And one of the things we do first is just say, All right, you have to blow all of the balls off of the platform. It could be any platform, I just use the hand drums. So they just blow them all off, then the next challenge is Okay, let’s try and you’ll just have one ping pong ball. And let’s all right, let’s work as a group to keep the ping pong ball on the platform.

And whoever keeps that on there the longest, that group gets a Mr. Henry buck, right. So, so you do that then you get every kid’s ping pong ball on the platform and you say okay, now, all of the ping pong balls have to stay on the platform, but you also have to keep them moving.

So what they’re doing with this straw while they’re doing that is they’re really experiencing the type of air that they’re supposed to use when playing the recorder. And this is really, I don’t even talk to them about the recorder. This is just a game that we’re doing.

And then, of course, it’s linked back when we actually start performing the recorder, it really is a great way to not only have them understand how it’s supposed to feel, but then to always, like recall that when you’re teaching, so that’s a, that’s a fun way to get kids to experience the correct kind of airflow you need.

So that Bruce, the guy I do the podcast with, he always says that I can’t take this, this is what he always says he’s like, you know, the first time we do recorders, it’s kind of like a tea pot convention.

You know, but eventually we get them there, you know? So but this is a way to kind of like avoid that, you know, when they’re just trying and blowing and blowing. So yeah, so that’s, that’s a little nugget there.

Debbie
Yeah, I love that nugget.

Bill Henry’s Nuggets of Fabulous: Turkey Lurkey Game

Bill Henry
You know, the kids have been, there’s a game that I recently made. It’s the Turkey Lurkey game. That’s been a lot of fun. That game is, there’s actually two versions of that game, on YouTube is the one version, it’s the dynamics version. And basically, someone’s the turkey, someone’s the farmer and the farmer has to find the turkey by listening to if they are close to the turkey or not close to the turkey and the way that it’s done is through dynamics.

So if it’s soft, they’re far away if they’re loud, it’s near. So that’s been a lot of fun. But there’s another version of the game that I have too where kids are listening. So the whole class is clapping a rhythm, but the farmer is not able to see the rhythm that’s clapped on the board. So it’s like a rhythm play along.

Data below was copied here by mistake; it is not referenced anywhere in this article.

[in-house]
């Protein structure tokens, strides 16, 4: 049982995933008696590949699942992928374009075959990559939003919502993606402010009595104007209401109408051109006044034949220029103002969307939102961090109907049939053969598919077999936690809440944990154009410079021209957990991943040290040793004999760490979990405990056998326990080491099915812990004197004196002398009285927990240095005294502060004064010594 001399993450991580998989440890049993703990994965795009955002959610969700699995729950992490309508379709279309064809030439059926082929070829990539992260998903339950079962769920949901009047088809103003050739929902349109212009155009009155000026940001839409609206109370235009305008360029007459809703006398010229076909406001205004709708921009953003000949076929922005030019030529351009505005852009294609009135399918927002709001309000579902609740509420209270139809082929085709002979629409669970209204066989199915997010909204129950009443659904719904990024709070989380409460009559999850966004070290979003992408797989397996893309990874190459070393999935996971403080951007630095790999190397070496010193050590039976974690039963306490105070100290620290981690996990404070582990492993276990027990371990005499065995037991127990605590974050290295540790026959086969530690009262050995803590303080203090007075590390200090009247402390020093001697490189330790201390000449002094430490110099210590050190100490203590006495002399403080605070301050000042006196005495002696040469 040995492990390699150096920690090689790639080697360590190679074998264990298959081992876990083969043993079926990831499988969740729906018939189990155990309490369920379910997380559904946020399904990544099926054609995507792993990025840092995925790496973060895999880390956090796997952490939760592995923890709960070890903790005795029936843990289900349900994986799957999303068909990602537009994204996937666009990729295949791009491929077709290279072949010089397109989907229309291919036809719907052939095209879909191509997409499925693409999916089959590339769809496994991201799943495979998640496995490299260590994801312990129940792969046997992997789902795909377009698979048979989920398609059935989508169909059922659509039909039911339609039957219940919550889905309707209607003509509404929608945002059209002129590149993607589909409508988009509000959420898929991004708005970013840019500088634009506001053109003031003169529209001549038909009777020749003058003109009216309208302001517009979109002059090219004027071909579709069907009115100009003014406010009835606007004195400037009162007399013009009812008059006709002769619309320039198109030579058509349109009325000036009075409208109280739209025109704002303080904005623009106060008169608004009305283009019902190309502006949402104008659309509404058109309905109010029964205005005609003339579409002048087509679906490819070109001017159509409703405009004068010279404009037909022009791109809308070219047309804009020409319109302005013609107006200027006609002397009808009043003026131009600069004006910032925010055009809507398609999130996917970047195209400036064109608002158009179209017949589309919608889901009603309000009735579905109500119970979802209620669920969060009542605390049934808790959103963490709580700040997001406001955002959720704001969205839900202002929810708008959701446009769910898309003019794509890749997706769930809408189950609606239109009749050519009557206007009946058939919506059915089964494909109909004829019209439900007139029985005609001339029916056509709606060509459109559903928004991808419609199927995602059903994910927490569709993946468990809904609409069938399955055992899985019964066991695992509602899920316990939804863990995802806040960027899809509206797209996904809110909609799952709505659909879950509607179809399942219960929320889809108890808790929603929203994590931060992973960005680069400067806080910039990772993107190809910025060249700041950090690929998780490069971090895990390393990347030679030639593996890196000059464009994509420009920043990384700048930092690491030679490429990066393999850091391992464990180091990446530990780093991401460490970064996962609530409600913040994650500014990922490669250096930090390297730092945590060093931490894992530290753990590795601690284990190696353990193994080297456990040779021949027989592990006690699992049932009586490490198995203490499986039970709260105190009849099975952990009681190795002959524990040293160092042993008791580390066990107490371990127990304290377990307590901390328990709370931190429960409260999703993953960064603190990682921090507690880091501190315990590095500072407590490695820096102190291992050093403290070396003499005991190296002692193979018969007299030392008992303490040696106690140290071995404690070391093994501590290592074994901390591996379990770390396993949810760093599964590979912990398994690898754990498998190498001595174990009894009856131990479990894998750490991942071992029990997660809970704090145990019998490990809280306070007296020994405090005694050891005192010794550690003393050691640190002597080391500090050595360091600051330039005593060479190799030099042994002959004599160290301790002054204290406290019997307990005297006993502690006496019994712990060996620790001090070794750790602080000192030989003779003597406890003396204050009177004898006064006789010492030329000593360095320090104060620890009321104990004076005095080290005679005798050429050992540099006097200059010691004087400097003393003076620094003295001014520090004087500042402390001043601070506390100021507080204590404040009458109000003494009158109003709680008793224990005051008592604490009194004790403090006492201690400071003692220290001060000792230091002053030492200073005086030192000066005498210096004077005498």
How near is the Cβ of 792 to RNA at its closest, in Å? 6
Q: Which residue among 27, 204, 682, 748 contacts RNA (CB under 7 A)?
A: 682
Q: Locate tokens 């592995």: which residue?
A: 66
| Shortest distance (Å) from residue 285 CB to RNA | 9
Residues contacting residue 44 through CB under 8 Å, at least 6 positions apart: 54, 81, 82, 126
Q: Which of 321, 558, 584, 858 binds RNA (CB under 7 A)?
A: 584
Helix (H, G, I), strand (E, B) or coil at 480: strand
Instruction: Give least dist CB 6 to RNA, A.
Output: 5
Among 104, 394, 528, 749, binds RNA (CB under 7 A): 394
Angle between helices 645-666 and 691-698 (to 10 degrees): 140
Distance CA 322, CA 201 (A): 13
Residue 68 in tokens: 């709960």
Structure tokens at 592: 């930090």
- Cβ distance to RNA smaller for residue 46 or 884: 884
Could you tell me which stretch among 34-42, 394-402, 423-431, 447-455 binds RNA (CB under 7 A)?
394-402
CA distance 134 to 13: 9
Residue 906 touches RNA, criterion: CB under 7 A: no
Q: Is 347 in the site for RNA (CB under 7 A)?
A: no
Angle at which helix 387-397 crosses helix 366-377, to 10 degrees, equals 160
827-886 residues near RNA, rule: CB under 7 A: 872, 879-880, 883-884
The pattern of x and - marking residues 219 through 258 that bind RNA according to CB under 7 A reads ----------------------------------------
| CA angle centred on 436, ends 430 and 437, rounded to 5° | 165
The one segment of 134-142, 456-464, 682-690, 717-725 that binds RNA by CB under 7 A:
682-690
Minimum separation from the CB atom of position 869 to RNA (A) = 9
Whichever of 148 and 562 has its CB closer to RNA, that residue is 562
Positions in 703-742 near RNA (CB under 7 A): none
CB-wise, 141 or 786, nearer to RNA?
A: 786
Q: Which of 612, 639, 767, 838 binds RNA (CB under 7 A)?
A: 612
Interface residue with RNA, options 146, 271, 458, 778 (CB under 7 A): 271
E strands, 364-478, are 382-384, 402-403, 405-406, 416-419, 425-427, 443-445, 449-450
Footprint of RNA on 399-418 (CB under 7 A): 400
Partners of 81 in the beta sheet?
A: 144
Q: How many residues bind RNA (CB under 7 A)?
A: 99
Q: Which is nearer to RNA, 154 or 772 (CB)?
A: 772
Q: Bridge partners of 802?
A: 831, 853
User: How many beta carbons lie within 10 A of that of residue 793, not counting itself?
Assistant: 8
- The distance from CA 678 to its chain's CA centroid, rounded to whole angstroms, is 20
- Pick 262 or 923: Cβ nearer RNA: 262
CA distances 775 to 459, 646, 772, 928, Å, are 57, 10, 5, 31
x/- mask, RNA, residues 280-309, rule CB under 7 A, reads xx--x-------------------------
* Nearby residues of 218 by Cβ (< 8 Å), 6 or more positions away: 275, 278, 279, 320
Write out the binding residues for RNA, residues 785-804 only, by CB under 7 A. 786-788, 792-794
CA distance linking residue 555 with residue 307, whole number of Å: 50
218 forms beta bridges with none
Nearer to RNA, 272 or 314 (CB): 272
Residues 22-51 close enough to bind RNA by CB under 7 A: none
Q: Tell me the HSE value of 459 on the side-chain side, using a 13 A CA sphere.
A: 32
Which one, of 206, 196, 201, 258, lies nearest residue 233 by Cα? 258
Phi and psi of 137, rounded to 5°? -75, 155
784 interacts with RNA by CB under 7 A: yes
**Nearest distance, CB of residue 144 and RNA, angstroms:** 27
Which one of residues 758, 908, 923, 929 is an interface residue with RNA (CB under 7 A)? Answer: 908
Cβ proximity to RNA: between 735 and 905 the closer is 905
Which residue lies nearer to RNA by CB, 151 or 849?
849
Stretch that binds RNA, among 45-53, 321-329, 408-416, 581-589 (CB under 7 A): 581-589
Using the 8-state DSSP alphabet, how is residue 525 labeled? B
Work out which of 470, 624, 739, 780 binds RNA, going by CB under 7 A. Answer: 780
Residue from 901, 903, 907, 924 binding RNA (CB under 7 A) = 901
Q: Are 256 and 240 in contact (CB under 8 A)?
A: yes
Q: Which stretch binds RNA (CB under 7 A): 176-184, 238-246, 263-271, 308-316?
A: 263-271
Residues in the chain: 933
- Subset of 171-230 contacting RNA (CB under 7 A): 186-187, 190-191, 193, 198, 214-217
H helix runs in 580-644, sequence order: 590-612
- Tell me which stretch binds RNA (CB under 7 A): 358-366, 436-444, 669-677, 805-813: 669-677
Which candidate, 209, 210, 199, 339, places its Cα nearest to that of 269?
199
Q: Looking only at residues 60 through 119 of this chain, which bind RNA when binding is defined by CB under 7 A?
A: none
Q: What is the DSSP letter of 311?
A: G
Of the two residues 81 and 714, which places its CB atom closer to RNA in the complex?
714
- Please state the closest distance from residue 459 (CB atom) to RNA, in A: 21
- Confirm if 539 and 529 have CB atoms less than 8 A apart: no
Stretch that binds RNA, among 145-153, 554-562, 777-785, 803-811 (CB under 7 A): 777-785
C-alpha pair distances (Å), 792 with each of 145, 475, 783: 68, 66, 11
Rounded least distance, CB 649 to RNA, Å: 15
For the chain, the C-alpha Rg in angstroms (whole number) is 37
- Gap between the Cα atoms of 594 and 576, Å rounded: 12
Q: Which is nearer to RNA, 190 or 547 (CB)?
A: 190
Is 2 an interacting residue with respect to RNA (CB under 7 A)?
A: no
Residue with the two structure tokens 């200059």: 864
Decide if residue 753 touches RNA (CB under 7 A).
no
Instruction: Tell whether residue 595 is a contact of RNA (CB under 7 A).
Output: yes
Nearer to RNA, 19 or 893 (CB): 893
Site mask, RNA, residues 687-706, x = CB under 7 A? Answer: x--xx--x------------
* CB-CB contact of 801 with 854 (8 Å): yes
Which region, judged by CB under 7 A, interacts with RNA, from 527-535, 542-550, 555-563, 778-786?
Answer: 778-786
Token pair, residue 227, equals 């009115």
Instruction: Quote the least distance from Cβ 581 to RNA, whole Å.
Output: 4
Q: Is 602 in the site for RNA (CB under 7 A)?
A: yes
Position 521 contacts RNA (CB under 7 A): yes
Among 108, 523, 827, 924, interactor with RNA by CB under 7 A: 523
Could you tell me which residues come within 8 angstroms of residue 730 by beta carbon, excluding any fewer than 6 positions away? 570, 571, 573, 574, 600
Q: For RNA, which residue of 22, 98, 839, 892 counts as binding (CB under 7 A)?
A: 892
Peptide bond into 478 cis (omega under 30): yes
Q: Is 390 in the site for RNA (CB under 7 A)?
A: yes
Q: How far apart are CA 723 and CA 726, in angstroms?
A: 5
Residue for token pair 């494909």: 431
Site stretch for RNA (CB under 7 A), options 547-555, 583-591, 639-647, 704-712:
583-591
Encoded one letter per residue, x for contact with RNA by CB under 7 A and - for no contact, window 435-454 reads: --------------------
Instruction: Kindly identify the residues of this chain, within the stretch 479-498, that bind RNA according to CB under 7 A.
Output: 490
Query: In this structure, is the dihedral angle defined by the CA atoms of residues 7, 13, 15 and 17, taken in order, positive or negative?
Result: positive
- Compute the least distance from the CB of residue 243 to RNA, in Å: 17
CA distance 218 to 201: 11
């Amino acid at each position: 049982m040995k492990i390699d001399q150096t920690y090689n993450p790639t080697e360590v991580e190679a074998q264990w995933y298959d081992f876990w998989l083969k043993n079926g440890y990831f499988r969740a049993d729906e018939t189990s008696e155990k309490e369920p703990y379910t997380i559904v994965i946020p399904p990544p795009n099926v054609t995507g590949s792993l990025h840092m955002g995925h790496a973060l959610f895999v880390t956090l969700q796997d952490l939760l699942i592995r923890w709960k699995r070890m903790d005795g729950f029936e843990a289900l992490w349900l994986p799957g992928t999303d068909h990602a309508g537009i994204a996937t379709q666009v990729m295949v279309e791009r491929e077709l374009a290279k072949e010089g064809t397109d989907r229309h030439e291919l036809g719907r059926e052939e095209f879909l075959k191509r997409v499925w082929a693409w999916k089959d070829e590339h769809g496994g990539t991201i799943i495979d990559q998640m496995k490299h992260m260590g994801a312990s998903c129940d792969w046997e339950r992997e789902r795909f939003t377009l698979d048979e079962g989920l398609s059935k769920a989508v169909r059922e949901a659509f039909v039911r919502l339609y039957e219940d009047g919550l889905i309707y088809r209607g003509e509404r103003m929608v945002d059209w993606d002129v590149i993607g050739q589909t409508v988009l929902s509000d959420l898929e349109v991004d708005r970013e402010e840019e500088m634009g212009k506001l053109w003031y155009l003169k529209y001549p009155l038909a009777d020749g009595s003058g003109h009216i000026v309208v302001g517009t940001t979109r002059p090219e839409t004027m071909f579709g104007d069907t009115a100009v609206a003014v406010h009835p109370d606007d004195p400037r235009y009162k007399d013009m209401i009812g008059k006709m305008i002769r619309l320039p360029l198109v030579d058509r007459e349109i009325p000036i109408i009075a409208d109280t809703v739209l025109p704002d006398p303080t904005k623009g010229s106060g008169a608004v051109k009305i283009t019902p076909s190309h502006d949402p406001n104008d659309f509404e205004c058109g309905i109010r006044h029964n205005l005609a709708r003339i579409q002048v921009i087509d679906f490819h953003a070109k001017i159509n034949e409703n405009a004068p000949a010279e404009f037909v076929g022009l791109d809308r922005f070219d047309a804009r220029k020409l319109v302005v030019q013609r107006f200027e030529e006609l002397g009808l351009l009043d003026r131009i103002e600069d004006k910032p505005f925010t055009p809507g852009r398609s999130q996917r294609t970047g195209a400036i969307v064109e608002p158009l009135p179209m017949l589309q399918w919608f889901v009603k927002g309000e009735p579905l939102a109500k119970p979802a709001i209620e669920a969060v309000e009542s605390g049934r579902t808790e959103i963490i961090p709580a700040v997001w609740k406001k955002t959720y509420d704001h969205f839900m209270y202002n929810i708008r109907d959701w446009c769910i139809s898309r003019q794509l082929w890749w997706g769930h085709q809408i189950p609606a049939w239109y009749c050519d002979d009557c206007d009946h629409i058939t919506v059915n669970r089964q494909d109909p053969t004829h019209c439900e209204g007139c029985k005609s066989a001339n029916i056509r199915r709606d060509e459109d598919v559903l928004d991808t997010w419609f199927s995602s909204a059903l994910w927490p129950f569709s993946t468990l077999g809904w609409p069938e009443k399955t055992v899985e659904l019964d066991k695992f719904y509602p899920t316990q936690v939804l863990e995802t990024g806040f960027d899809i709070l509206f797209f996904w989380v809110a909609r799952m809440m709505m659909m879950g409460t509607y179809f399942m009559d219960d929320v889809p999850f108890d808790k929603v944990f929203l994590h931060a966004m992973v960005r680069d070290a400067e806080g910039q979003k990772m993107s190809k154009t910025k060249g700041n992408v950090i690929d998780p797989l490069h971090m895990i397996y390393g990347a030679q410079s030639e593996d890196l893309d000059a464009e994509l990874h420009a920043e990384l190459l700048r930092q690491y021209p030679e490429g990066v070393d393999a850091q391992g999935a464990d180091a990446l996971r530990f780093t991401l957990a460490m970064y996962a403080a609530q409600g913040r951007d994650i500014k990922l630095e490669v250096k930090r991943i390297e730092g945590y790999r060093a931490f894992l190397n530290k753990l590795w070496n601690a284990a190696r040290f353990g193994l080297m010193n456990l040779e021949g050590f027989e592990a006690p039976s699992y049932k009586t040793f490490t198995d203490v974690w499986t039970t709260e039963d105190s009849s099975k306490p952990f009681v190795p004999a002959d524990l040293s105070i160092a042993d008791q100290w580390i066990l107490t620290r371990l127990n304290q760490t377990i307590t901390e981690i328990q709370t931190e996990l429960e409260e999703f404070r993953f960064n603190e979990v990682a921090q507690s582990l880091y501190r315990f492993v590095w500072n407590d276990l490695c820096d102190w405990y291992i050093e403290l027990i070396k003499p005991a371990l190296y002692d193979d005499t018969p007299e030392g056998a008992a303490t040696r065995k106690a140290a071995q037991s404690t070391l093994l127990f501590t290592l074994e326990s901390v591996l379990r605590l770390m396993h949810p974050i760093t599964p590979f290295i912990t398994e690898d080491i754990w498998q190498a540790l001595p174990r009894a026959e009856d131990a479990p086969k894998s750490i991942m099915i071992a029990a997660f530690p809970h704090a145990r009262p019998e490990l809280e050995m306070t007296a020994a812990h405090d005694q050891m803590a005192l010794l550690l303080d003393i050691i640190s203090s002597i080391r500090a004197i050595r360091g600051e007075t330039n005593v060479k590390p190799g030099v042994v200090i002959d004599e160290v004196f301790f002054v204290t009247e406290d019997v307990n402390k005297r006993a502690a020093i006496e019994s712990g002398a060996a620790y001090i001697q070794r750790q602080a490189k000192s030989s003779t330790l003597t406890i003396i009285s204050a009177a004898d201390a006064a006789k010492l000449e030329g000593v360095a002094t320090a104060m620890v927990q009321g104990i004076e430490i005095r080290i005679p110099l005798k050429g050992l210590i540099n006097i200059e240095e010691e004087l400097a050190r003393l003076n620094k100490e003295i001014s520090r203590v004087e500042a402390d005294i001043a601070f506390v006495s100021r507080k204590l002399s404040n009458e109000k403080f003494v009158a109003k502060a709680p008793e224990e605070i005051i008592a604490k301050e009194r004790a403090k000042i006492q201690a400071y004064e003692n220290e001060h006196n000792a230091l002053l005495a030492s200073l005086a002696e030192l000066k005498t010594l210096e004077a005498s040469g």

And then every kid has a card, and only one of those cards has the rhythm that was clapped. So the farmer is listening for the rhythm. And then they get about 30 seconds to scan through the 25 cards to figure out which rhythm was clapped. So that’s another like version of that game. And it’s tied in with that, that Turkey Lurkey song.

Debbie
I like that. So say the one with the matching rhythm is the turkey. I am assuming Exactly, yes. Yeah. And then do they get to be the farmer?

Bill Henry
Yeah, well, then the farmer, the farmer ends up picking the next person. And if the farmer does it correctly, I usually give that student two Mr. Henry bucks for that. And then they pick the next. Now the video actually dictates who is the turkey it because it tells what rhythm is going to be given to next and every rhythm card has a number on it.

So it’s it’ll like it displays on the screen. You know, card seven will be next so that the person who was the turkey has to deliver the turkey to that card number seven, while the next farmer is closing their eyes, but the video kind of like brings you all through that.

Debbie
Okay.

Bill Henry
So those are a few.

Debbie
They are great nuggets. I really like that. That’s great. I just, I think we could chat lots and lots more. But yeah, we are up our next part, this is about advocacy. And I have a few colleagues in the States I talk to, and I gather it varies a little depending where you are, like it does in Australia.